Not all the Workers' Party were bureaucratic collectivists.
A sizeable minority were state capitalists, convinced by the arguments of C L R James and Raya Dunayevskaya (who began by logically saying Russia was just a fascist state and in 1947 rejoined the SWP-USA, which was pledged to support and defend the "fascist state capitalism"!)
This tendency in the Workers Party, known by the cultist name of "Johnson-Forest" (pen/ party names of James and Dunayevskaya) had shared all the mystifications of the Cannonites about imminent revolution, despite the state of the labour movement and the working class, and some peculiar to themselves.
James is now very well known and has been the subject of a number of books.
Leaving side the question of state capitalism for the moment, if James were to be judged on his political positions throughout the 1940s, it would be very hard to say anything good about him.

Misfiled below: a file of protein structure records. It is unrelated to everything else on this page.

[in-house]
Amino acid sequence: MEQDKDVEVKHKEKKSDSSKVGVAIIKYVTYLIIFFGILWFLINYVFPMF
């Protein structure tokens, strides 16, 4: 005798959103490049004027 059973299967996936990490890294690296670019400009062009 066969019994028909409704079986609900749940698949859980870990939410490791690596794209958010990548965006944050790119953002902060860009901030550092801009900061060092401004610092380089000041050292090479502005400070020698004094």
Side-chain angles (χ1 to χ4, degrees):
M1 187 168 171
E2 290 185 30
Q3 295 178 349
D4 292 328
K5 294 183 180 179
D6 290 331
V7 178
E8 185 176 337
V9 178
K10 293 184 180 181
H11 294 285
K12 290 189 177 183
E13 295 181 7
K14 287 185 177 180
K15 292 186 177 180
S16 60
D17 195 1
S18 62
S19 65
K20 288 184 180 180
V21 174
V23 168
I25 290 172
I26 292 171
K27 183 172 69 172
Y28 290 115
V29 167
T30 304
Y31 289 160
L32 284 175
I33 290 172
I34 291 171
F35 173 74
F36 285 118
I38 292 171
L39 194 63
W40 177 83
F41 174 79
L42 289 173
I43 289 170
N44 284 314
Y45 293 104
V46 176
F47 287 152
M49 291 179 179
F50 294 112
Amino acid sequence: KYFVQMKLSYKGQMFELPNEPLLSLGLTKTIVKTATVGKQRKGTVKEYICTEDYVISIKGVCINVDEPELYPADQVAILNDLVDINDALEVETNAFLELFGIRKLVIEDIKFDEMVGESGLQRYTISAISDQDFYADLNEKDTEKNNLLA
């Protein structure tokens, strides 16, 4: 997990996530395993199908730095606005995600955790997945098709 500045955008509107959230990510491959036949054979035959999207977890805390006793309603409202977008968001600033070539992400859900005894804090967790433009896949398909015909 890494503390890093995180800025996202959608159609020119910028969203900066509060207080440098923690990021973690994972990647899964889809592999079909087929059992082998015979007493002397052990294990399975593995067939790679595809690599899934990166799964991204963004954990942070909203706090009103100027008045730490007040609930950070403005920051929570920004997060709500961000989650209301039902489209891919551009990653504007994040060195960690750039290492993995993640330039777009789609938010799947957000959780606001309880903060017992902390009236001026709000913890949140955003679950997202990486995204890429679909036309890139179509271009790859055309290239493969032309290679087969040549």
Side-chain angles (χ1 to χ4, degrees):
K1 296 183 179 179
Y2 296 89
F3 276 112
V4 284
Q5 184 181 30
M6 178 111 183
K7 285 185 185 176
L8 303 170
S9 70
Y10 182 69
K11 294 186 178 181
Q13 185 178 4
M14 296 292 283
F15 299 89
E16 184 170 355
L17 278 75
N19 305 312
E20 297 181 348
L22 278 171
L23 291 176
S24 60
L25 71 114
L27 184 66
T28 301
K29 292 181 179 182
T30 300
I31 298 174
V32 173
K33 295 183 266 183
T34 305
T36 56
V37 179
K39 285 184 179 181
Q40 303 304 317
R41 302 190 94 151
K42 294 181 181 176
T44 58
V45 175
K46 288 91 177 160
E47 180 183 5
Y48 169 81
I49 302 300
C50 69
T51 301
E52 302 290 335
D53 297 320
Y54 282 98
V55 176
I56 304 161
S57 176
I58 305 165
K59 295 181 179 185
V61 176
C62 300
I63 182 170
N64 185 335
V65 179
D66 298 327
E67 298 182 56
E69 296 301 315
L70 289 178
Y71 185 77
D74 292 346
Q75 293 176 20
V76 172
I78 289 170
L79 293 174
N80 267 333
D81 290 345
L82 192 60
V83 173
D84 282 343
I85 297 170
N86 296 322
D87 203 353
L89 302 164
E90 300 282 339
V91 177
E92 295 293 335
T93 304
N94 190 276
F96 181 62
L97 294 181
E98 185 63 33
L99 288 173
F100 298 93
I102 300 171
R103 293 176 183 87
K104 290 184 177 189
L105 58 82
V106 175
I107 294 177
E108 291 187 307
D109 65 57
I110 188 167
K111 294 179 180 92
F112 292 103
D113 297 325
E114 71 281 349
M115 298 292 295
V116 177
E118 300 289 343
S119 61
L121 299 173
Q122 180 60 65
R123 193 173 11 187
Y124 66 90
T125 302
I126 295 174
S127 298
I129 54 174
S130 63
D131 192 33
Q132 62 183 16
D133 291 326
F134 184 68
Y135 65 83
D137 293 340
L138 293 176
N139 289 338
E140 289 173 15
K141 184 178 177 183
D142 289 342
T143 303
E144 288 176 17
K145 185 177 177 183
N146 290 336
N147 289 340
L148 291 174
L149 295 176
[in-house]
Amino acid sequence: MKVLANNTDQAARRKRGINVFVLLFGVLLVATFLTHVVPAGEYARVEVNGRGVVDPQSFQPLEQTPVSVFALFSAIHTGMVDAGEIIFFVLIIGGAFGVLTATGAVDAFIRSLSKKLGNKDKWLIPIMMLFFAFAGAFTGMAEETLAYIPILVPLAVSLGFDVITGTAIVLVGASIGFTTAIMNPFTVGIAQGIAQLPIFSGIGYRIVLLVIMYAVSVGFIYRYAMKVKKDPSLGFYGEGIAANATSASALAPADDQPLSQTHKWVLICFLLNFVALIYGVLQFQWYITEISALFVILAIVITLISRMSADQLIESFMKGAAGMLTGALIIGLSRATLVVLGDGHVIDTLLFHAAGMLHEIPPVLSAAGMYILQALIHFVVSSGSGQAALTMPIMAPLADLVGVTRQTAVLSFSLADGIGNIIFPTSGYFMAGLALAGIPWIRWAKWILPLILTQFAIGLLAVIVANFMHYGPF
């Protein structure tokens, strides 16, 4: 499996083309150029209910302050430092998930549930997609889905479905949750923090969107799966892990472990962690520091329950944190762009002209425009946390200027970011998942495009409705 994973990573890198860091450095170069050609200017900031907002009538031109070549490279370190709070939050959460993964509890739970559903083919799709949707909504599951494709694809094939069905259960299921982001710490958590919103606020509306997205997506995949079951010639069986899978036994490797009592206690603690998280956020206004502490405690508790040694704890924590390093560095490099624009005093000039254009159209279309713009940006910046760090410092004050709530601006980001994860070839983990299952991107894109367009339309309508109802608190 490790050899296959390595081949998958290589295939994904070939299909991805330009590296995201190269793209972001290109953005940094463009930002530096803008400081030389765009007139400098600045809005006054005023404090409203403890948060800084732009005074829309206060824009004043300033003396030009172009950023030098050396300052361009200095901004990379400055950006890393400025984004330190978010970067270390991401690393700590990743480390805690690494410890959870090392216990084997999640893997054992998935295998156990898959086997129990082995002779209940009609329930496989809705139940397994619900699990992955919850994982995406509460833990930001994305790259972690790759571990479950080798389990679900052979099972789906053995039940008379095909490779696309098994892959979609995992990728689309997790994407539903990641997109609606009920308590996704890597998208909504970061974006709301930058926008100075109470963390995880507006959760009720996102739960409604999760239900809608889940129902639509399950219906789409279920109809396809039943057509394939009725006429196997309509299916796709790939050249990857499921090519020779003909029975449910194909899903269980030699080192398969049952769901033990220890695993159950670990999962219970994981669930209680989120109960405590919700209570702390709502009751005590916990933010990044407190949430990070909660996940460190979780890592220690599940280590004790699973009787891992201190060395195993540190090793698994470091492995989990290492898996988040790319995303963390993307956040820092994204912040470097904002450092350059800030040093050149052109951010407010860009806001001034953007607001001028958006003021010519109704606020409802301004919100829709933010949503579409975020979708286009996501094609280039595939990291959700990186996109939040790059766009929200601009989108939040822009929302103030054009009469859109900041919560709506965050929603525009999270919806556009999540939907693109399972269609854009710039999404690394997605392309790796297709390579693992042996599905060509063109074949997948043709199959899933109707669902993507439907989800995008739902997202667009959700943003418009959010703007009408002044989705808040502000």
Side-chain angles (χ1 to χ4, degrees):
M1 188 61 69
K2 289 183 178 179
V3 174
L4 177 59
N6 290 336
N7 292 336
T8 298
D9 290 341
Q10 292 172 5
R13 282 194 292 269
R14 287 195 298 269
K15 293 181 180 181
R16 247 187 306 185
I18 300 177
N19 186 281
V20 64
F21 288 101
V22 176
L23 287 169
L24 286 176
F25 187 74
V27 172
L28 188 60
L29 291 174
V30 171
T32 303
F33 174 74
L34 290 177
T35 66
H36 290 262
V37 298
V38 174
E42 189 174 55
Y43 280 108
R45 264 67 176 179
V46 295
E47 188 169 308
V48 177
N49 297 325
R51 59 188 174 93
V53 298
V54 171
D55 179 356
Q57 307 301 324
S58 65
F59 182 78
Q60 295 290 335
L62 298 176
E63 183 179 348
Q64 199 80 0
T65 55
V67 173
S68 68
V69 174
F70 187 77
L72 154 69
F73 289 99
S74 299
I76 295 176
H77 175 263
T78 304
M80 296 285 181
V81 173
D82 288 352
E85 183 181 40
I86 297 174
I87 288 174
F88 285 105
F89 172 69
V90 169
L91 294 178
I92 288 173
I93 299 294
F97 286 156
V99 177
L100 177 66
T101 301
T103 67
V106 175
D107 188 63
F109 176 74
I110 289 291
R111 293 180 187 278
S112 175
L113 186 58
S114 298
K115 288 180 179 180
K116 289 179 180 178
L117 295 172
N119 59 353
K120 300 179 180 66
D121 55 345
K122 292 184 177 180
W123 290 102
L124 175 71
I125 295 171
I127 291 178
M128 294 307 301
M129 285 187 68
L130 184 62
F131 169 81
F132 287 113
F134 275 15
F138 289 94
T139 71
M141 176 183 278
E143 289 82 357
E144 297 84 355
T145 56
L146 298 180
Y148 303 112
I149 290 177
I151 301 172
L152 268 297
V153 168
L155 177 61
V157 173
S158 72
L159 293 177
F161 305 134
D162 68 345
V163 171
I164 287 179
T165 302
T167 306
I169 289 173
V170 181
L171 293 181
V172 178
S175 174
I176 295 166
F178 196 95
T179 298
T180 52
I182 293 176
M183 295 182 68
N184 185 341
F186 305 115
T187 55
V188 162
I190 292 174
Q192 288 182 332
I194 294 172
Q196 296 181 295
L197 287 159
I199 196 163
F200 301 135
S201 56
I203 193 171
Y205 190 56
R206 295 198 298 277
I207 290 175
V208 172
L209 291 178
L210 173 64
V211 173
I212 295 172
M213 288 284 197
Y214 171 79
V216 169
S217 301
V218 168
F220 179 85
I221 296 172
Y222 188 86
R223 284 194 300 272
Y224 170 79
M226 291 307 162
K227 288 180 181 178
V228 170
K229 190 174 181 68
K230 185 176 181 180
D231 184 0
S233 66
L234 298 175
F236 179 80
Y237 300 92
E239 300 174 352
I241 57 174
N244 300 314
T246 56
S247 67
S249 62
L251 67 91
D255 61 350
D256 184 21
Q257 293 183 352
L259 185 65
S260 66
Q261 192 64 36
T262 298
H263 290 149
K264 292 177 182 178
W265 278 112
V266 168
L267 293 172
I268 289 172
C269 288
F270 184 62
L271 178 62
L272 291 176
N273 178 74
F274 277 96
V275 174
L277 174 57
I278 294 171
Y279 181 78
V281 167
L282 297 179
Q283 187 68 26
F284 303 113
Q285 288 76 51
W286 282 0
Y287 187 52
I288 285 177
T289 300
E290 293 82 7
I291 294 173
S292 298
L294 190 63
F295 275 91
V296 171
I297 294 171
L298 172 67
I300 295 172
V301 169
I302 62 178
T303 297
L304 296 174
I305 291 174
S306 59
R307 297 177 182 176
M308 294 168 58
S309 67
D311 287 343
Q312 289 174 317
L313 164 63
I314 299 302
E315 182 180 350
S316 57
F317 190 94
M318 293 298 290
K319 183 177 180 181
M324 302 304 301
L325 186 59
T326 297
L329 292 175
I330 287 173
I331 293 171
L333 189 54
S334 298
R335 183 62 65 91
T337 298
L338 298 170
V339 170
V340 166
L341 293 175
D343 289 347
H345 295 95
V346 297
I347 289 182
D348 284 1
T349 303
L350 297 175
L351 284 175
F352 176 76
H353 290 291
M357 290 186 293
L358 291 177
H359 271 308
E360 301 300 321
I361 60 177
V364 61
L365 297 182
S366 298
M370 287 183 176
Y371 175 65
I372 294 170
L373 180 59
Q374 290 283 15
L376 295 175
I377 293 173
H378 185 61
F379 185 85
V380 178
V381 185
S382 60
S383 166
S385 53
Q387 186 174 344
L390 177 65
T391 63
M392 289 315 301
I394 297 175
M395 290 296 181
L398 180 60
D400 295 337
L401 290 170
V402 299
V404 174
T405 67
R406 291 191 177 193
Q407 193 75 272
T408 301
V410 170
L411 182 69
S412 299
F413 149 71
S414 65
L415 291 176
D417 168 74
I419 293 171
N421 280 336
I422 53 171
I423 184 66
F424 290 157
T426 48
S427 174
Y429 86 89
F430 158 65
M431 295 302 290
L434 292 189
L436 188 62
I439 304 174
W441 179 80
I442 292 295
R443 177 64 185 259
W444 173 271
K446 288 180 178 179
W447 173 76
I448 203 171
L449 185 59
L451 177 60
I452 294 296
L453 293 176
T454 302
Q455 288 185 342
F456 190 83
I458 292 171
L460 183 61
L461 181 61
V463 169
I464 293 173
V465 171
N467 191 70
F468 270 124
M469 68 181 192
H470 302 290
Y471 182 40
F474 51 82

When Johnson-Forest rejoined the SWP-USA they took a sizeable chunk of the Workers Party with them - a fifth or a quarter, perhaps - and thus dealt the Workers Party a severe blow.
They remained in the SWP virtually silent - they did publish a big position document, State Capitalism And World Revolution, in 1950 - for about four years. Then they suddenly left the SWP, throwing a megalomaniacal statement over their collective shoulder.
The nearest thing to the unreason, mysticism, cultism, pontifical pronouncements and duff philosophising you find in the Johnson-Forest documents and articles of the forties is the British SLL-WRP in the late 60s and early 70s.